Born: Eartha Mae Keith on January 17, 1927 in the small town of North, in Orangeburg County, South Carolina
Parents: Cherokee Indian/African Descent (mother) Unknown white man (father)
Spouse(s): John William McDonald (married June 6, 1960, divorced 1965)
Children: Kitt McDonald-Shapiro
Grandchildren: John Shapiro and Rachael Shapiro
Education: High School of Performing Arts, New York City, New York
Occupation: Actress, singer, cabaret star, dancer, stand-up comedienne, civil rights activist, voice artist and writer
Accomplishments, Achievements, and Contributions:
From Bio.com: Kitt became a rising star with her appearance in the Broadway review New Faces of 1952. In the production, she sang “Monotonous.” Her performance helped launch her music career with the release of her first album in 1954. The recording featured such signature songs as “I Want To Be Evil” and “C’est Si Bon,” as well as the perennially holiday classic “Santa Baby.”
On the big screen, Kitt starred opposite Nat “King” Cole in the W. C. Handy biopic St. Louis Blues (1958). She netted her one and only Academy Award nomination the following year, for her role as the title character in Anna Lucasta. In the film, Kitt plays a sassy young woman who is forced to use her womanly wiles to survive. She stars opposite Sammy Davis Jr.
In the late 1960s, Kitt played one of her most famous parts—the villainous vixen “Catwoman.” She took over the role, on the TV series Batman, from Julie Newmar. Remarkably, Kitt only played Catwoman on a handful of episodes of the short-lived campy crime show, starring Adam West and Burt Ward, but she made the role her own with her lithe, cat-like frame and her distinctive voice. The series found a second life in reruns, and it remains on the air today.
Known for being blunt and short-tempered at times, Kitt found herself in a media firestorm in 1968. She attended a luncheon on the subject on juvenile delinquency and crime hosted by Lady Bird Johnson at the White House. At the event, Kitt shared her thoughts on the matter, telling the First Lady that “You send the best of this country off to be shot and maimed,” according to the Washington Post. “No wonder the kids rebel and take pot.” Her remarks against the Vietnam War offended Johnson, and made headlines. Her popularity took a significant hit after that, and she spent several years mostly performing abroad.
In 1978, Kitt enjoyed a career renaissance with her performance on Broadway in Timbuktu!. She earned a Tony Award nomination for her role in the play, and received an invitation to the White House by President Jimmy Carter. In 1984, Kitt returned to the music charts with “Where Is My Man.” She continued to win acclaim for her music, including scoring a Grammy Award nomination for 1994’s Back in Business.
From Wikipedia: Kitt was active in numerous social causes in the 1950s and 1960s. In 1966, she established the Kittsville Youth Foundation, a chartered and non-profit organization for underprivileged youth in the Watts area of Los Angeles. She was also involved with a group of youth in the area of Anacostia in Washington, D.C., who called themselves, “Rebels with a Cause.” Kitt supported the group’s efforts to clean up streets and establish recreation areas in an effort to keep them out of trouble by testifying with them before the House General Subcommittee on Education of the Committee on Education and Labor. In her testimony, in May 1967, Kitt stated that the Rebels’ “achievements and accomplishments should certainly make the adult ‘do-gooders’ realize that these young men and women have performed in 1 short year – with limited finances – that which was not achieved by the same people who might object to turning over some of the duties of planning, rehabilitation, and prevention of juvenile delinquents and juvenile delinquency to those who understand it and are living it”. She added that “the Rebels could act as a model for all urban areas throughout the United States with similar problems”.“Rebels with a Cause” subsequently received the needed funding.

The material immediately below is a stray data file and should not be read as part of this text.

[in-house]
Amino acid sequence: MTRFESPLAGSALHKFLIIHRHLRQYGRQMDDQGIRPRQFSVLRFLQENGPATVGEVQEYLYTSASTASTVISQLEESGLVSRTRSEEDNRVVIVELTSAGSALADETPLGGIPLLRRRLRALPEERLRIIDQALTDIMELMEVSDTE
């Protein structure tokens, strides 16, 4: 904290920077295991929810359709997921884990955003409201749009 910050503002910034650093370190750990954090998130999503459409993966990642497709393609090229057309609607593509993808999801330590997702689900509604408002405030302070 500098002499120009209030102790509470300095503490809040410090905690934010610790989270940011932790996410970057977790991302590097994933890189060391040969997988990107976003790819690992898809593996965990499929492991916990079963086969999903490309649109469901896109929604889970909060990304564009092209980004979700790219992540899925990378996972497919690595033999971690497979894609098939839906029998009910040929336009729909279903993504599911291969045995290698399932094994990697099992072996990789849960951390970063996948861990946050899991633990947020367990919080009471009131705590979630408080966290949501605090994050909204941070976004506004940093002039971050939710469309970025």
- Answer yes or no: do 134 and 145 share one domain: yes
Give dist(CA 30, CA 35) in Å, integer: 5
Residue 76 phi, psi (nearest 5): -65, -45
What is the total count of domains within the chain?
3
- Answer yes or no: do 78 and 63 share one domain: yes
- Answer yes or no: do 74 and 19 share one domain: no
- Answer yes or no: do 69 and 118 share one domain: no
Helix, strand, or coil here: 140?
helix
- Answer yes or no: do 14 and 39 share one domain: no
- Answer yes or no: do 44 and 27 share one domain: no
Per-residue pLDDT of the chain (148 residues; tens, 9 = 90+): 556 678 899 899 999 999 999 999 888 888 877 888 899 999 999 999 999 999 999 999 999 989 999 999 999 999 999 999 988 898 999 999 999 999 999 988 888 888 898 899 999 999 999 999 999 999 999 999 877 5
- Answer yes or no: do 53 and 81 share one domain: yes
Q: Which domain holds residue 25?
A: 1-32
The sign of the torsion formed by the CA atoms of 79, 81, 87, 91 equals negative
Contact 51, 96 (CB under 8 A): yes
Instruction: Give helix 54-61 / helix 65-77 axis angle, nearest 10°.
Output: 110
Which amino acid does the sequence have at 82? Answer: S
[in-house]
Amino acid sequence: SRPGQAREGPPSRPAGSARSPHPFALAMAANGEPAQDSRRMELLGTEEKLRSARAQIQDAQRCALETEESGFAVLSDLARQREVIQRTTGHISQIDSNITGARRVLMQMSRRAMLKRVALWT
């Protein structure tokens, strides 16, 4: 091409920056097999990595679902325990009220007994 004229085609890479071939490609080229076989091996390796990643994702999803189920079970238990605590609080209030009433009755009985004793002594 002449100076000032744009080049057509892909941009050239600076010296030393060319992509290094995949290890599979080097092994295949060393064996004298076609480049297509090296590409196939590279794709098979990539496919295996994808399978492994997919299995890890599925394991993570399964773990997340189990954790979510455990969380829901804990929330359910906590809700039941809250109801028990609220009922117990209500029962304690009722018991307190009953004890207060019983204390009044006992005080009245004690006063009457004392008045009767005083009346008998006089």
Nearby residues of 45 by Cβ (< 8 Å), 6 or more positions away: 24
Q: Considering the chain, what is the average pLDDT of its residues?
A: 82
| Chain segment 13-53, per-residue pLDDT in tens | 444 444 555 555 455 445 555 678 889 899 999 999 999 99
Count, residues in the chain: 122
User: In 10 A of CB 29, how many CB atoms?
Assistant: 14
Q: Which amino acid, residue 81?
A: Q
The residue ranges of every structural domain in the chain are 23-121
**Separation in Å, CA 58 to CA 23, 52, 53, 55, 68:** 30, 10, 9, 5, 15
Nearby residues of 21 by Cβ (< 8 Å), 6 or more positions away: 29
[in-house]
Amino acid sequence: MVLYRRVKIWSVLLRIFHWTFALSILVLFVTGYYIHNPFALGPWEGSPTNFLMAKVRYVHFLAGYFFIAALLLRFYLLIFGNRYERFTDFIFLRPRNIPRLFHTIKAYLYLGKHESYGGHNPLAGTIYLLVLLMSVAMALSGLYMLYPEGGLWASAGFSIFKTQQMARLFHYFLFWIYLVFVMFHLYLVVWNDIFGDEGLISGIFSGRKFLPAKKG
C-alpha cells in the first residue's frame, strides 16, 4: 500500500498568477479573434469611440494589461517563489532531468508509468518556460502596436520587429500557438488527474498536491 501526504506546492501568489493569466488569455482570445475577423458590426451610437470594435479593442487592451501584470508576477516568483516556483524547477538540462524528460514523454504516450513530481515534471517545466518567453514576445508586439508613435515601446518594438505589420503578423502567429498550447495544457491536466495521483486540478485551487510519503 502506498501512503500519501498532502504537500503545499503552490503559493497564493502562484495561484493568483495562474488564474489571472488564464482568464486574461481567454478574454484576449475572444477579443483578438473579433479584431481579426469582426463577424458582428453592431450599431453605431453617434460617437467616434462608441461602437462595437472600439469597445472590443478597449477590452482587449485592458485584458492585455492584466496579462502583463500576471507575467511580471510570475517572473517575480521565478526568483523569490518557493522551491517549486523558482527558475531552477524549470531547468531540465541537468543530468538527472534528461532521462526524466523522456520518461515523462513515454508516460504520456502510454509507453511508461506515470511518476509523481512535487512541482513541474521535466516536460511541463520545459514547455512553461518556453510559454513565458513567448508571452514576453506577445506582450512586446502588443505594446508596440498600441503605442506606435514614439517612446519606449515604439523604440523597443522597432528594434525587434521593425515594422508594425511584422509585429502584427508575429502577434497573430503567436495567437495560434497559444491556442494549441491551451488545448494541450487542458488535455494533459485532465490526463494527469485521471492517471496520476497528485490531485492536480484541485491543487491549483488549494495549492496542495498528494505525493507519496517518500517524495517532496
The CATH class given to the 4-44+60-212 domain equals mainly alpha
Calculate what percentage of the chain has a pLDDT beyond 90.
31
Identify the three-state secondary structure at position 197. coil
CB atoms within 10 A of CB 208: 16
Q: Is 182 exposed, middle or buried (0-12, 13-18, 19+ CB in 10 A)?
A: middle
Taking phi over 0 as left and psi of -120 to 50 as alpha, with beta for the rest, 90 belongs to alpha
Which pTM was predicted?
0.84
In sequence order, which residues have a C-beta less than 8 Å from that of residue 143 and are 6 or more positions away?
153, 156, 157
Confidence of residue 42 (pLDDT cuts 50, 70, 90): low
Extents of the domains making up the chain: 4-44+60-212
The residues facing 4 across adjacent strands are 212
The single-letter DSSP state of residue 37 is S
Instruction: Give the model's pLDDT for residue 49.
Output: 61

Kitt was also a member of the Women’s International League for Peace and Freedom, thus her criticism of the Vietnam War and its connection to poverty and racial unrest in 1968 can be seen as part of a larger commitment to peace activism.
Like many politically active public figures of her time, Kitt was under surveillance by the CIA, beginning in 1956. After the New York Times discovered the CIA file on Kitt in 1975, she granted the paper permission to print portions of the report, stating: “I have nothing to be afraid of and I have nothing to hide.”
Quotes about or By Eartha:
“She’s The Most Exciting Woman In The World” -Orsen Welles on Eartha Kitt
Two Emmys for her voice role as Yzma, in the animated series, The Emperor’s New Clothes (2006-08). In 2010, she won a third Emmy posthumously for The Wonder Pets, another children’s animated series that airs on Nick Jr.
Death: December 25, 2008 in Weston, Connecticut of colon cancer
I Salute this AMAZING HER-story making sista!